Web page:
The Thunder snapped their 4-game losing streak in dramatic fashion, recovering aggressively in the 2nd half in Toronto to upset the Raptors, 116-109. The Thunder, struggling mightily since the All-Star break, were able to turn the tables on Toronto two nights after falling to this same team in OKC in overtime.
While I’m loathe to resort to pop cultural memes, I have to admit. Through a half of play, this is kind of how Toronto was making the Thunder look.
In other words, the Raptors looked completely unconcerned with anything OKC was trying to do to get back in the game.
But then, the 3rd quarter happened, and OKC went into Berserker mode.
A combination of tighter, aggressive defense, particularly around the rim, coupled with timely shooting from 3-point range (8-13 in the quarter) helped the Thunder turn a 10 point halftime deficit into a 3 point advantage heading into the 4th.
For better or worse, in good times and bad, the Thunder are always going to be Russell Westbrook’s team. And as his focus, energy, and success rises and falls en toto, so does the team’s. Westbrook reverted to poor shooting (6-20, 2-9 from three) but was everywhere else, tallying a triple-double and working overtime to get his teammates lots of touches in the 2nd half. Sometimes for Russ, it’s pure volume. The more times he can put the ball in his teammates’ hands, the more likely they are to convert.
One particular recipient? Steven Adams. While Adams’ box score won’t wow you (9 points, 5 rebounds, 1 assist), the fact that he was finally involved in the offense late, setting screens, rolling to the middle, and then flinging the ball around the perimeter, tells you everything you need to know about his and the Thunder’s aggressive and yet functional approach. For the Thunder to be even barely proficient in the halfcourt set, Adams HAS to be a useful part of it. And the fact that he hasn’t consistently been involved has played a major part in the Thunder’s struggles.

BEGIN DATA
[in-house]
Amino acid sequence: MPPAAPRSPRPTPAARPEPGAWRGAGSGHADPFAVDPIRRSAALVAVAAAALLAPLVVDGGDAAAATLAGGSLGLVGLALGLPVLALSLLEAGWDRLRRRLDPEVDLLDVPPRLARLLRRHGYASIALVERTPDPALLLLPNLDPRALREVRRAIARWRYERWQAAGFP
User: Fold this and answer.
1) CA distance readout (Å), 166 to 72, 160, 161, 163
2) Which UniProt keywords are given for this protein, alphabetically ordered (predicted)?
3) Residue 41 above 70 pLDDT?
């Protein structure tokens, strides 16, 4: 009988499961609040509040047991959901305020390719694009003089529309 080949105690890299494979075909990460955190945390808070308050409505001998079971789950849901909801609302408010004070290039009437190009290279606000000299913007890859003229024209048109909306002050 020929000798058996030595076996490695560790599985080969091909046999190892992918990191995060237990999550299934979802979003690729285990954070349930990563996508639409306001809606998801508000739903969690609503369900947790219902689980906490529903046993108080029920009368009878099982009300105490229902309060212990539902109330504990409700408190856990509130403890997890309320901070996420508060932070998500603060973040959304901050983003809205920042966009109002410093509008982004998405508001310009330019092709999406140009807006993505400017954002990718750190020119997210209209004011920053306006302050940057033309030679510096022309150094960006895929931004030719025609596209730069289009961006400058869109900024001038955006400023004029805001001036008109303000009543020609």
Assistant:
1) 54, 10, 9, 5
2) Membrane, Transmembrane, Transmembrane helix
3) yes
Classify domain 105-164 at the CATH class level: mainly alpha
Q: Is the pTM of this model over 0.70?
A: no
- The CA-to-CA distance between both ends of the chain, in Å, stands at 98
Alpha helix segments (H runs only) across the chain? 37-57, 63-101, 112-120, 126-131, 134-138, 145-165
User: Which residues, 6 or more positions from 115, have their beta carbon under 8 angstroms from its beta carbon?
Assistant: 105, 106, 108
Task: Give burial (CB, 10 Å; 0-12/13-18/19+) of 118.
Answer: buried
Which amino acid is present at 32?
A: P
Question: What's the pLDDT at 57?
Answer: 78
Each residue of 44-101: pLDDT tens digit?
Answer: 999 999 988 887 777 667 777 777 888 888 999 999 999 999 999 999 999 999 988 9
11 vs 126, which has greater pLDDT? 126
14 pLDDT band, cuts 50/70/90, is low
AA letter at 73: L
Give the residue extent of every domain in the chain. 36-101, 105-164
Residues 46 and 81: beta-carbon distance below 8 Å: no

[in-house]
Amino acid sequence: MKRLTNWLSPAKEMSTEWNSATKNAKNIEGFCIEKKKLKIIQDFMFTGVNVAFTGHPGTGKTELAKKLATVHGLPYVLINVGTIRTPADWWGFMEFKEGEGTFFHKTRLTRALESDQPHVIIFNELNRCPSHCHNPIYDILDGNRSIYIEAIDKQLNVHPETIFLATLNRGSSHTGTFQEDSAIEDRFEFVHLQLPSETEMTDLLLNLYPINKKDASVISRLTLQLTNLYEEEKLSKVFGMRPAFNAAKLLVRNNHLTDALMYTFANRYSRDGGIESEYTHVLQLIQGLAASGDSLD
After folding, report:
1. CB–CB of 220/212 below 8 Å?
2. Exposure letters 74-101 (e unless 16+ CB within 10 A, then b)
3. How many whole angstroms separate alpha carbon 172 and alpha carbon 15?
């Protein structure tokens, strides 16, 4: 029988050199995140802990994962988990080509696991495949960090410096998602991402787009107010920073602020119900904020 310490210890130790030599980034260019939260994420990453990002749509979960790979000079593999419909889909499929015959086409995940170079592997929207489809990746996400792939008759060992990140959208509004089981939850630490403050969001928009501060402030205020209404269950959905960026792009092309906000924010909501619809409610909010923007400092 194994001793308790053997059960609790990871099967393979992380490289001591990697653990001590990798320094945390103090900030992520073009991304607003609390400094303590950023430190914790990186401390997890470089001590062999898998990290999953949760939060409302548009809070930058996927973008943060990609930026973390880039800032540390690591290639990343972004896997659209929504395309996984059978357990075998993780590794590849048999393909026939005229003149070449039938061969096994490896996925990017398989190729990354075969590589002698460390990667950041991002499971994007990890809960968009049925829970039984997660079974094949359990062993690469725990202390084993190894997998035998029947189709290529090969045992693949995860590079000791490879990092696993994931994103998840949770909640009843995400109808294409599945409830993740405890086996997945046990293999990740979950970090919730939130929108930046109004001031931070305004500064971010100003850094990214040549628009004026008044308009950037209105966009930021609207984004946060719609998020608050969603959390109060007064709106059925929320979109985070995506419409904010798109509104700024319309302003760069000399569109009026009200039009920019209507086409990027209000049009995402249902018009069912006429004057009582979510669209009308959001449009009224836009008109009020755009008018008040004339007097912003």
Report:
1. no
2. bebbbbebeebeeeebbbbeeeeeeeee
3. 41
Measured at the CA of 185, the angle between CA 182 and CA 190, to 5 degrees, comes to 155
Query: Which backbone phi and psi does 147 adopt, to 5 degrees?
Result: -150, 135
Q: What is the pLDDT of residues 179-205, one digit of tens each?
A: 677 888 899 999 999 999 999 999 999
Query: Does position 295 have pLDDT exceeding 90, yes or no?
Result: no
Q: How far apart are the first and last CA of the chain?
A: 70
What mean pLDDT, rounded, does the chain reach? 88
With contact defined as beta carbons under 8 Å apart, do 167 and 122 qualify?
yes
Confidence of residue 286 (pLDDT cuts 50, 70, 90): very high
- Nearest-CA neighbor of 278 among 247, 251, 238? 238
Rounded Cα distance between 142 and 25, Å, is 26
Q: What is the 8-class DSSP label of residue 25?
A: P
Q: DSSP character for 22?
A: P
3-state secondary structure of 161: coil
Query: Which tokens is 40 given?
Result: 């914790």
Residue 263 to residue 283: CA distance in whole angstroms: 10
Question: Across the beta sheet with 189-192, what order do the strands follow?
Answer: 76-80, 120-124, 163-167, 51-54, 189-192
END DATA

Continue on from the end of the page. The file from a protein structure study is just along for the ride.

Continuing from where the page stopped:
In addition to that pair, it was George’s return to shooting form for sure, but also the reemergence of Dennis Schroder’s offense (26 points on 10-16 shooting, 4-7 from three) that was a deciding factor.
To be sure, this model is not particularly sustainable. It can earn big wins like tonight, or game 5 against the Jazz in last year’s playoffs, but over a 7-game series, it has to be more. Let’s hope this was the first step back to where the Thunder need to be as the playoffs loom.